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Online degree in Psychology with BPS

I have found few online Psychology degrees that would qualify me for BPS registration. My goal is to make it to one the Professional doctorate programmes to eventually qualify as Clinical Psychologists. I am nearly 40, I have some volunteering experience, I do lots of online courses. I am used to it.
Is there any meaningful difference in between them, or any qualifying course will do?

I found few via Arden, UEL, Essex Online, and OU.
Original post by SocksInSandals
I have found few online Psychology degrees that would qualify me for BPS registration. My goal is to make it to one the Professional doctorate programmes to eventually qualify as Clinical Psychologists. I am nearly 40, I have some volunteering experience, I do lots of online courses. I am used to it.
Is there any meaningful difference in between them, or any qualifying course will do?

I found few via Arden, UEL, Essex Online, and OU.

As long as it's BPS accredited and confers GBC then it'll be fine.

Note that if you already have a degree in another field, you might like to do a Psychology Conversion course instead (that'd be a Master's). That would be be a quicker way to get your GBC.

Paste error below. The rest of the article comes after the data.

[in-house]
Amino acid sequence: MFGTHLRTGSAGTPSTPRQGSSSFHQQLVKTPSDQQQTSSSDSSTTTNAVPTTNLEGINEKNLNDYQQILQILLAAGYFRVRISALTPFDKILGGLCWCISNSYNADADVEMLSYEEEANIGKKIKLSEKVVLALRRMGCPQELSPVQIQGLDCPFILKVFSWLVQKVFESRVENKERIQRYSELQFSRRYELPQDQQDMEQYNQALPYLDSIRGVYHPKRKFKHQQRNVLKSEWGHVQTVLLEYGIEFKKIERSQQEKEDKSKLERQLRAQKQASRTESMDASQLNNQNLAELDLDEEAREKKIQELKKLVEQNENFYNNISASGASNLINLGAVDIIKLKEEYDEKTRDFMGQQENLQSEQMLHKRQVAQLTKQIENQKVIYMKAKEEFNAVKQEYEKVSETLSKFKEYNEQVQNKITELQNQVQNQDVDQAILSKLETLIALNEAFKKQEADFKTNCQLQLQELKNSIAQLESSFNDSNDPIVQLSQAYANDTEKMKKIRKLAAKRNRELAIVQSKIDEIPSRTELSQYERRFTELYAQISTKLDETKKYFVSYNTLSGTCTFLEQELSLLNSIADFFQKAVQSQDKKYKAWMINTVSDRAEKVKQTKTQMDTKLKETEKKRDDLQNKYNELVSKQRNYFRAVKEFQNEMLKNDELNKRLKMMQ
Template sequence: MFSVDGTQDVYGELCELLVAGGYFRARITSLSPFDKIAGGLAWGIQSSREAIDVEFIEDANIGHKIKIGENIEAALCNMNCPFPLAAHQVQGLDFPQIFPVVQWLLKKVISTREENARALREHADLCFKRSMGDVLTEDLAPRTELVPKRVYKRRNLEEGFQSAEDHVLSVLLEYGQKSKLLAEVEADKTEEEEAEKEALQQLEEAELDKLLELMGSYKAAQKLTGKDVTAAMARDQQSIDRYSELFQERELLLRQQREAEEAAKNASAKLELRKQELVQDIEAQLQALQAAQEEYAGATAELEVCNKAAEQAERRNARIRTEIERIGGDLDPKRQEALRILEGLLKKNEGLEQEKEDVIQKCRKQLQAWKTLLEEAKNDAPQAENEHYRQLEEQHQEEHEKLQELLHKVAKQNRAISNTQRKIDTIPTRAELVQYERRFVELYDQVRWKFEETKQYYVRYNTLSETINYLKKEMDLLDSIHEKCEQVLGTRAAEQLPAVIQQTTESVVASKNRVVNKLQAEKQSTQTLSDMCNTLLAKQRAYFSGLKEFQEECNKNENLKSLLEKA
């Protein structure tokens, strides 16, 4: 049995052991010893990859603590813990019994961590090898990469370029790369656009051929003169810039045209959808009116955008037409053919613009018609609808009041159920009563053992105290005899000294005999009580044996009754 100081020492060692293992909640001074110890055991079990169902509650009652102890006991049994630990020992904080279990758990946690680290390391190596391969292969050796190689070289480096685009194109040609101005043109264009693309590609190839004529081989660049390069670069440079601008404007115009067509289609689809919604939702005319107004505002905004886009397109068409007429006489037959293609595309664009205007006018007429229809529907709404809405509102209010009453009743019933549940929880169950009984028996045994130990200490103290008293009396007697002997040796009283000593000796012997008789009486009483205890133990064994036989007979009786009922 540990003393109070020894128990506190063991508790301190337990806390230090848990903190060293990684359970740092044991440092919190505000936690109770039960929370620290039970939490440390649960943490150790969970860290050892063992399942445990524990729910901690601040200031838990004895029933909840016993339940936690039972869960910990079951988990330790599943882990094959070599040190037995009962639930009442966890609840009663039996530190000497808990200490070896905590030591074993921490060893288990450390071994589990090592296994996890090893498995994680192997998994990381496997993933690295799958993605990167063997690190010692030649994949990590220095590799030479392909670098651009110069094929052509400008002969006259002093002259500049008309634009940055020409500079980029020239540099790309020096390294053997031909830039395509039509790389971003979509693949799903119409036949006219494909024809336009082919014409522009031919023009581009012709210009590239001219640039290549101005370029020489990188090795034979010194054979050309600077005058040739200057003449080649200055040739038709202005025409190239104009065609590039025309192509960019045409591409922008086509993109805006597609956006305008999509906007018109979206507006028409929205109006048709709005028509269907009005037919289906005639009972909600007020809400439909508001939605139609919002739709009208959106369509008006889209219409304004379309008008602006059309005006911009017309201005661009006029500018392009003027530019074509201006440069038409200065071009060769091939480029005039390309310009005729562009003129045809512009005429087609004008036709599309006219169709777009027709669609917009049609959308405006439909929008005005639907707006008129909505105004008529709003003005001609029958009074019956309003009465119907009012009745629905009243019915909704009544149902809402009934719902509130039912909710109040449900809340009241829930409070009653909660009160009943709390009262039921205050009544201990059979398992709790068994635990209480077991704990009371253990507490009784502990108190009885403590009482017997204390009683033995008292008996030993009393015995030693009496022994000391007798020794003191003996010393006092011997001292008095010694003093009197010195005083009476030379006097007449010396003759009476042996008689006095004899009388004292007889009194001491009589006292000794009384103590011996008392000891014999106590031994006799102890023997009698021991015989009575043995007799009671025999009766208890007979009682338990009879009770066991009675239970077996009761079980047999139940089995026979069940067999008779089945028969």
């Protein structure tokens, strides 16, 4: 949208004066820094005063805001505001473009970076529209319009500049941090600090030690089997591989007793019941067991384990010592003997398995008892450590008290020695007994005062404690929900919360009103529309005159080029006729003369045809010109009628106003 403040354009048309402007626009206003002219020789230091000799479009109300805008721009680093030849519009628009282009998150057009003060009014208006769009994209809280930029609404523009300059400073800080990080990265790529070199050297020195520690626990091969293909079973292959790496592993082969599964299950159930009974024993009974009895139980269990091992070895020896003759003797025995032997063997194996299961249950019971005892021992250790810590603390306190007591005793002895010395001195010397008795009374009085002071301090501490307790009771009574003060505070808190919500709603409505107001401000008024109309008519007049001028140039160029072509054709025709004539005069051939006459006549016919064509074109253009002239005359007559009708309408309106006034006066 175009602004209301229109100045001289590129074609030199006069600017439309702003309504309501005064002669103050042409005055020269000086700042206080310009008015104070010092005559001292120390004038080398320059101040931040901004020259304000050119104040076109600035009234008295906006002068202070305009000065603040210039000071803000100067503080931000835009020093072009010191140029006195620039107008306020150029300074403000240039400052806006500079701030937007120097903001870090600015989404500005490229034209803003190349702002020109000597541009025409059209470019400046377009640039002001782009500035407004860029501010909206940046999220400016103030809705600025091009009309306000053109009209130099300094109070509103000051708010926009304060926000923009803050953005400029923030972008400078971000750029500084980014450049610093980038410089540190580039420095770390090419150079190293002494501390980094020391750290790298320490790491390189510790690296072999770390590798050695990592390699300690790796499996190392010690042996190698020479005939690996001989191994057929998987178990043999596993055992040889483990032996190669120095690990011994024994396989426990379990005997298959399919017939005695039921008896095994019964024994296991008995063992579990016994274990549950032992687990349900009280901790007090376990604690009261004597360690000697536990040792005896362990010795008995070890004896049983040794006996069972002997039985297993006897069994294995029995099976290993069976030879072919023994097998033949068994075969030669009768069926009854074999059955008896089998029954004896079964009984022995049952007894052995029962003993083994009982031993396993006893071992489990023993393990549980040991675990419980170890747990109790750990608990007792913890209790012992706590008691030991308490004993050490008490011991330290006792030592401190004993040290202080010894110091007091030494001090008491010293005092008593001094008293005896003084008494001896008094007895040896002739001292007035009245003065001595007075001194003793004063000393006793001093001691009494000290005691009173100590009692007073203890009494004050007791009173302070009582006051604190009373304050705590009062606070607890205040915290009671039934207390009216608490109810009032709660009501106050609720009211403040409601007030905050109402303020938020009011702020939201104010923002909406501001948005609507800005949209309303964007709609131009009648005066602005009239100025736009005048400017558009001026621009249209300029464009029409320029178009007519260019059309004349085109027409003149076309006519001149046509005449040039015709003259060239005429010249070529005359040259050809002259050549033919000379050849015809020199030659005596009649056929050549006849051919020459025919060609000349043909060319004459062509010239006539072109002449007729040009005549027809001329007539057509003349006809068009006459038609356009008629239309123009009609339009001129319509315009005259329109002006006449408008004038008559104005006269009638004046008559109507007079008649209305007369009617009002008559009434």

Reply 2
Original post by SocksInSandals
I have found few online Psychology degrees that would qualify me for BPS registration. My goal is to make it to one the Professional doctorate programmes to eventually qualify as Clinical Psychologists. I am nearly 40, I have some volunteering experience, I do lots of online courses. I am used to it.
Is there any meaningful difference in between them, or any qualifying course will do?

I found few via Arden, UEL, Essex Online, and OU.

Hi! I did my Psychology degree with the OU and really enjoyed it. As above, as long as it is accredited by the BPS it doesn't matter which you choose, they will all cover very similar things.
Thank you guys.
The above posters are correct about it not mattering where you get your undergrad from as long as it is BPS recognised. However, before you go down the very expensive, uncertain and lengthy process of trying to get onto a DClinPsy, it may be worth considering the success rate for applicants according to the various age ranges and success rates for over 40s is one of the lowest groups:

https://www.clearing-house.org.uk/system/files/2023-05/Equal%20opportunities%20data%20for%202022%20entry_0.pdf

Psychology undergrad courses don't trumpet this part, as their job is to fill their seats, and they don't have a stake in whether you get onto a DClinPsy or not.

There may be many reasons for that, some of which may or may not apply to you. It's a path that requires flexibility, mobility and lots of time to be competitive in the academic, research and clinical domains courses look for. It's not particularly forgiving if you have dependents, or can't drop to a lower level of income to do the entry level jobs that are valued in terms of experience.

That's not to say don't do it, but do be realistic, aware of the numbers and go into it with your eyes open.
Original post by Lord Asriel